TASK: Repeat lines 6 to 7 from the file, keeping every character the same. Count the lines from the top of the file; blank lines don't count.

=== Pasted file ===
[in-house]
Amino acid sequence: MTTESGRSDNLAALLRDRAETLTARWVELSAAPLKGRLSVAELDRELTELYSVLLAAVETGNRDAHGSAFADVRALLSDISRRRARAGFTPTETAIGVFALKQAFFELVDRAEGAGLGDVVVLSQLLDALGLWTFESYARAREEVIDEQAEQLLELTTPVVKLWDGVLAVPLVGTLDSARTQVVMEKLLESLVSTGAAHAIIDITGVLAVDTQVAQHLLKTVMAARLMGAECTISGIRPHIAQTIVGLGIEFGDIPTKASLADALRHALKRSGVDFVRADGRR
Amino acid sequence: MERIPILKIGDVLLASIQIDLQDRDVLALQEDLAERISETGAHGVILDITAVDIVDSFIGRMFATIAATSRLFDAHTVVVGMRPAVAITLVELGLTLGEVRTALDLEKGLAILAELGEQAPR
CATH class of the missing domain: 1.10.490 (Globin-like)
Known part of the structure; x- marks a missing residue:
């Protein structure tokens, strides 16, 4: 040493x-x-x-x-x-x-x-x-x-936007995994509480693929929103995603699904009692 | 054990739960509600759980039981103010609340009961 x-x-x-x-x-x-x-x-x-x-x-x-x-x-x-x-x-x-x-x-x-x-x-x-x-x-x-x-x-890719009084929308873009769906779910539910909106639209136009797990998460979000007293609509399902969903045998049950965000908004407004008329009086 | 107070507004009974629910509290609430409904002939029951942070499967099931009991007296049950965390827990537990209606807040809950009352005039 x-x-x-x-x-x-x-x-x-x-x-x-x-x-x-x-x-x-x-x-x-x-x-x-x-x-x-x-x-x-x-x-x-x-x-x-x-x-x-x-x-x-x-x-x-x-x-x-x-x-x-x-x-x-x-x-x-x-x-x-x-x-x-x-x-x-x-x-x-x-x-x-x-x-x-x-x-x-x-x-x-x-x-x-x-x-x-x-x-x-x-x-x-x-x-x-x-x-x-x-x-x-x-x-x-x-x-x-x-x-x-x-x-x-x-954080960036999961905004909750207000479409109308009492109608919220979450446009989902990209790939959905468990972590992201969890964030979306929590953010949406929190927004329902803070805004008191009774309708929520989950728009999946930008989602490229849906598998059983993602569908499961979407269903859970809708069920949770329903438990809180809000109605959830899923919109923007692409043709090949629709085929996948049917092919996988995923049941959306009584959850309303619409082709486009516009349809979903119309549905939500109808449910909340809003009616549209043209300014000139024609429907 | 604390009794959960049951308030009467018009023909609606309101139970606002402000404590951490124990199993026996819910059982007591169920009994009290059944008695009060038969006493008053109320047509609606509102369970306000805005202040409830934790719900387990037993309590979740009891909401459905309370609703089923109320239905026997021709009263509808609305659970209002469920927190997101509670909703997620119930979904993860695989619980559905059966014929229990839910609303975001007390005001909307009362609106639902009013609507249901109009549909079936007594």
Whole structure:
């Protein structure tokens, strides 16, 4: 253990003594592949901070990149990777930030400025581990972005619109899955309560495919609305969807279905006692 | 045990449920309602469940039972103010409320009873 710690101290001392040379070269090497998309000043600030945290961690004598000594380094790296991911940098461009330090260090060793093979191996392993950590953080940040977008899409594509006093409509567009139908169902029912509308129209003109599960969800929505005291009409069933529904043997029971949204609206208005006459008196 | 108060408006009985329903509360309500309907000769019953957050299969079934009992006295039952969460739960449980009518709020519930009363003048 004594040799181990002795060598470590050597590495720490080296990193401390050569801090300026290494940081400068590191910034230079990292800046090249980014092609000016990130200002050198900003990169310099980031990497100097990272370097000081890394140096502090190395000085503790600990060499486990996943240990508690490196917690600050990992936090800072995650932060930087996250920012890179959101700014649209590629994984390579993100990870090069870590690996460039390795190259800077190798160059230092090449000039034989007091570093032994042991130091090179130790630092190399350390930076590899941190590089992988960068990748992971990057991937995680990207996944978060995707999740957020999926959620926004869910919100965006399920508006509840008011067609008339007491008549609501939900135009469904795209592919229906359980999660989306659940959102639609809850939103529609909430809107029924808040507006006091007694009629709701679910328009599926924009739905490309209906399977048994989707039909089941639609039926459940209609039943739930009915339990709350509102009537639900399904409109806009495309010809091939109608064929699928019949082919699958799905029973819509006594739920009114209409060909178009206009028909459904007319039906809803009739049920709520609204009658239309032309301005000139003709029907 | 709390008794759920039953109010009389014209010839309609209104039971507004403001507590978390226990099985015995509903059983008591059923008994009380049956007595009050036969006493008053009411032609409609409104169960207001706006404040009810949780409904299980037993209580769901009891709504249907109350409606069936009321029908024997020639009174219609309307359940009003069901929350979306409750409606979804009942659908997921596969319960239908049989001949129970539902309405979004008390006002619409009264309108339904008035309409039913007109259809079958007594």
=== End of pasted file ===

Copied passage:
């Protein structure tokens, strides 16, 4: 040493x-x-x-x-x-x-x-x-x-936007995994509480693929929103995603699904009692 | 054990739960509600759980039981103010609340009961 x-x-x-x-x-x-x-x-x-x-x-x-x-x-x-x-x-x-x-x-x-x-x-x-x-x-x-x-x-890719009084929308873009769906779910539910909106639209136009797990998460979000007293609509399902969903045998049950965000908004407004008329009086 | 107070507004009974629910509290609430409904002939029951942070499967099931009991007296049950965390827990537990209606807040809950009352005039 x-x-x-x-x-x-x-x-x-x-x-x-x-x-x-x-x-x-x-x-x-x-x-x-x-x-x-x-x-x-x-x-x-x-x-x-x-x-x-x-x-x-x-x-x-x-x-x-x-x-x-x-x-x-x-x-x-x-x-x-x-x-x-x-x-x-x-x-x-x-x-x-x-x-x-x-x-x-x-x-x-x-x-x-x-x-x-x-x-x-x-x-x-x-x-x-x-x-x-x-x-x-x-x-x-x-x-x-x-x-x-x-x-x-x-954080960036999961905004909750207000479409109308009492109608919220979450446009989902990209790939959905468990972590992201969890964030979306929590953010949406929190927004329902803070805004008191009774309708929520989950728009999946930008989602490229849906598998059983993602569908499961979407269903859970809708069920949770329903438990809180809000109605959830899923919109923007692409043709090949629709085929996948049917092919996988995923049941959306009584959850309303619409082709486009516009349809979903119309549905939500109808449910909340809003009616549209043209300014000139024609429907 | 604390009794959960049951308030009467018009023909609606309101139970606002402000404590951490124990199993026996819910059982007591169920009994009290059944008695009060038969006493008053109320047509609606509102369970306000805005202040409830934790719900387990037993309590979740009891909401459905309370609703089923109320239905026997021709009263509808609305659970209002469920927190997101509670909703997620119930979904993860695989619980559905059966014929229990839910609303975001007390005001909307009362609106639902009013609507249901109009549909079936007594």
Whole structure: